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Trends Cogn Sci. 2009 Oct;13(10):447-54. doi: 10.1016/j.tics.2009.06.005. Epub 2009 Aug 31.

Perceived social isolation and cognition.

Author information

1
Center for Cognitive and Social Neuroscience, University of Chicago, 5848 S. University Avenue, Chicago, IL 60637, USA. jcaciopp@uchicago.edu

Abstract

Social species, from Drosophila melanogaster to Homo sapiens, fare poorly when isolated. Homo sapiens, an irrepressibly meaning-making species, are, in normal circumstances, dramatically affected by perceived social isolation. Research indicates that perceived social isolation (i.e. loneliness) is a risk factor for, and may contribute to, poorer overall cognitive performance, faster cognitive decline, poorer executive functioning, increased negativity and depressive cognition, heightened sensitivity to social threats, a confirmatory bias in social cognition that is self-protective and paradoxically self-defeating, heightened anthropomorphism and contagion that threatens social cohesion. These differences in attention and cognition impact on emotions, decisions, behaviors and interpersonal interactions that can contribute to the association between loneliness and cognitive decline and between loneliness and morbidity more generally.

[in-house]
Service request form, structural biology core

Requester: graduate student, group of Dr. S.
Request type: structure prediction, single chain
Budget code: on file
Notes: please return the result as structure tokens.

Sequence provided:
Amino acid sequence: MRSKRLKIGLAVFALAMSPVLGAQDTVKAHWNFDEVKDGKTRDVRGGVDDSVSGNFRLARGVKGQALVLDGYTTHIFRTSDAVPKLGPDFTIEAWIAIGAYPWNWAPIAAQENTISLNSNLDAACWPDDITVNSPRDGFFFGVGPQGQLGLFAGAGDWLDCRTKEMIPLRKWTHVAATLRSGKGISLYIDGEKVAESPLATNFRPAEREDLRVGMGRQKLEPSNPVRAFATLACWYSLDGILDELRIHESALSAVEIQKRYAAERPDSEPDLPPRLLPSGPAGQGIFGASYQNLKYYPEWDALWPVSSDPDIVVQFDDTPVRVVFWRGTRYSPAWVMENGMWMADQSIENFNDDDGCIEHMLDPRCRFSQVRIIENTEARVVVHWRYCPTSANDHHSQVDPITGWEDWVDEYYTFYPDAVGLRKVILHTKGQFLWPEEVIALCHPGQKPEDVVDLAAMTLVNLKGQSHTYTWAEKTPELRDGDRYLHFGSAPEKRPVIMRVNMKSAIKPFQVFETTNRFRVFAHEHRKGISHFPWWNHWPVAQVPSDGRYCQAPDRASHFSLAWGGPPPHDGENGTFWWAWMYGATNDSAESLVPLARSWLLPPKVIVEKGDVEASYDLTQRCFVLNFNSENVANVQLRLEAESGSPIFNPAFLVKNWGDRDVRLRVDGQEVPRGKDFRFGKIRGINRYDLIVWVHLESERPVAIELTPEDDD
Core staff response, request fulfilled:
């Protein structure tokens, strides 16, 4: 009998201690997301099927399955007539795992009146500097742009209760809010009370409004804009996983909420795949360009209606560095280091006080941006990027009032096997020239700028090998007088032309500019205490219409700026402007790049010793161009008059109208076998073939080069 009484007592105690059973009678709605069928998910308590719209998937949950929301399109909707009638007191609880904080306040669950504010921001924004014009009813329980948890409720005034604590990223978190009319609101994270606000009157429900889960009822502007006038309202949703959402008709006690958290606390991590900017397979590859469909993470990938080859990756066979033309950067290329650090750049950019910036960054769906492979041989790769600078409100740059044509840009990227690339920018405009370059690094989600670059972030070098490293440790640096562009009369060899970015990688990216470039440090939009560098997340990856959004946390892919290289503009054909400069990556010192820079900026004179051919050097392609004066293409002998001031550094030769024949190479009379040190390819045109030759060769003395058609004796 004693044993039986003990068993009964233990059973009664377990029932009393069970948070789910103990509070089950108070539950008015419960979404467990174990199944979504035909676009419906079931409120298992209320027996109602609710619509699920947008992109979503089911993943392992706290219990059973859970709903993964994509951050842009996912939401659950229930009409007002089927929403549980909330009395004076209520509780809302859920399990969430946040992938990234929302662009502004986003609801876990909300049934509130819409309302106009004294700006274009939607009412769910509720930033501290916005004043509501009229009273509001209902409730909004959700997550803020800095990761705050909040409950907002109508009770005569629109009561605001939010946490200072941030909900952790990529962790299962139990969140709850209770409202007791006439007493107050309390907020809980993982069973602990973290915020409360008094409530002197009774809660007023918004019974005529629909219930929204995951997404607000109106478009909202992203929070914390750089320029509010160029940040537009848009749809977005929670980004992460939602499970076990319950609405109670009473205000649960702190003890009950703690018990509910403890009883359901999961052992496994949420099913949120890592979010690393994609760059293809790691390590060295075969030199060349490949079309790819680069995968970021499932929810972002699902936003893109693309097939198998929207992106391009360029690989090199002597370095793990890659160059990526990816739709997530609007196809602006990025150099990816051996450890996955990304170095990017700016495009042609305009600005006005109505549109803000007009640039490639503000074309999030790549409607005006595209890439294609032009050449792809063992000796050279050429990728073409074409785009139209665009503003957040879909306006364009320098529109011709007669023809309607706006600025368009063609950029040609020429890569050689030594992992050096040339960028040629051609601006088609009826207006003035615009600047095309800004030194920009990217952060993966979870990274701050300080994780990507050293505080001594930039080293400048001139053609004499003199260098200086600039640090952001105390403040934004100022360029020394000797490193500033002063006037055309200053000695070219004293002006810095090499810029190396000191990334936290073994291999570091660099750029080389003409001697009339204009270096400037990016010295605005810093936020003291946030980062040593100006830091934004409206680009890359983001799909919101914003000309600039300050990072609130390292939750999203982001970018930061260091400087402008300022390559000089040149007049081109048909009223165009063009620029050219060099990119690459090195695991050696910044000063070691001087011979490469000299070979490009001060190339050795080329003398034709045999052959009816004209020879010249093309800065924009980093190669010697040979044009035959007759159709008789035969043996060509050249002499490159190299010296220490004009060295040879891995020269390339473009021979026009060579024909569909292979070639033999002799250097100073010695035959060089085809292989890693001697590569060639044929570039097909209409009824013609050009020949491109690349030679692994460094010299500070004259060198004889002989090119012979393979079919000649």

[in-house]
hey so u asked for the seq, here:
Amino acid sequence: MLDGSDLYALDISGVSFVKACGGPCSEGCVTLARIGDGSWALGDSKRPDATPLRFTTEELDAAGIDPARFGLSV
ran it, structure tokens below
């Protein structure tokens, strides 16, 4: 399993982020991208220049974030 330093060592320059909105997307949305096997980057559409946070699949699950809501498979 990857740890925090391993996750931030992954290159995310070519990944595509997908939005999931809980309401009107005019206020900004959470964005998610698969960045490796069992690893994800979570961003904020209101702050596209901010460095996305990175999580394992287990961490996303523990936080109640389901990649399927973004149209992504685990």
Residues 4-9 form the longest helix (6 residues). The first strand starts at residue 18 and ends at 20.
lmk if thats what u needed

PMID:
19726219
PMCID:
PMC2752489
DOI:
10.1016/j.tics.2009.06.005
[Indexed for MEDLINE]
Free PMC Article

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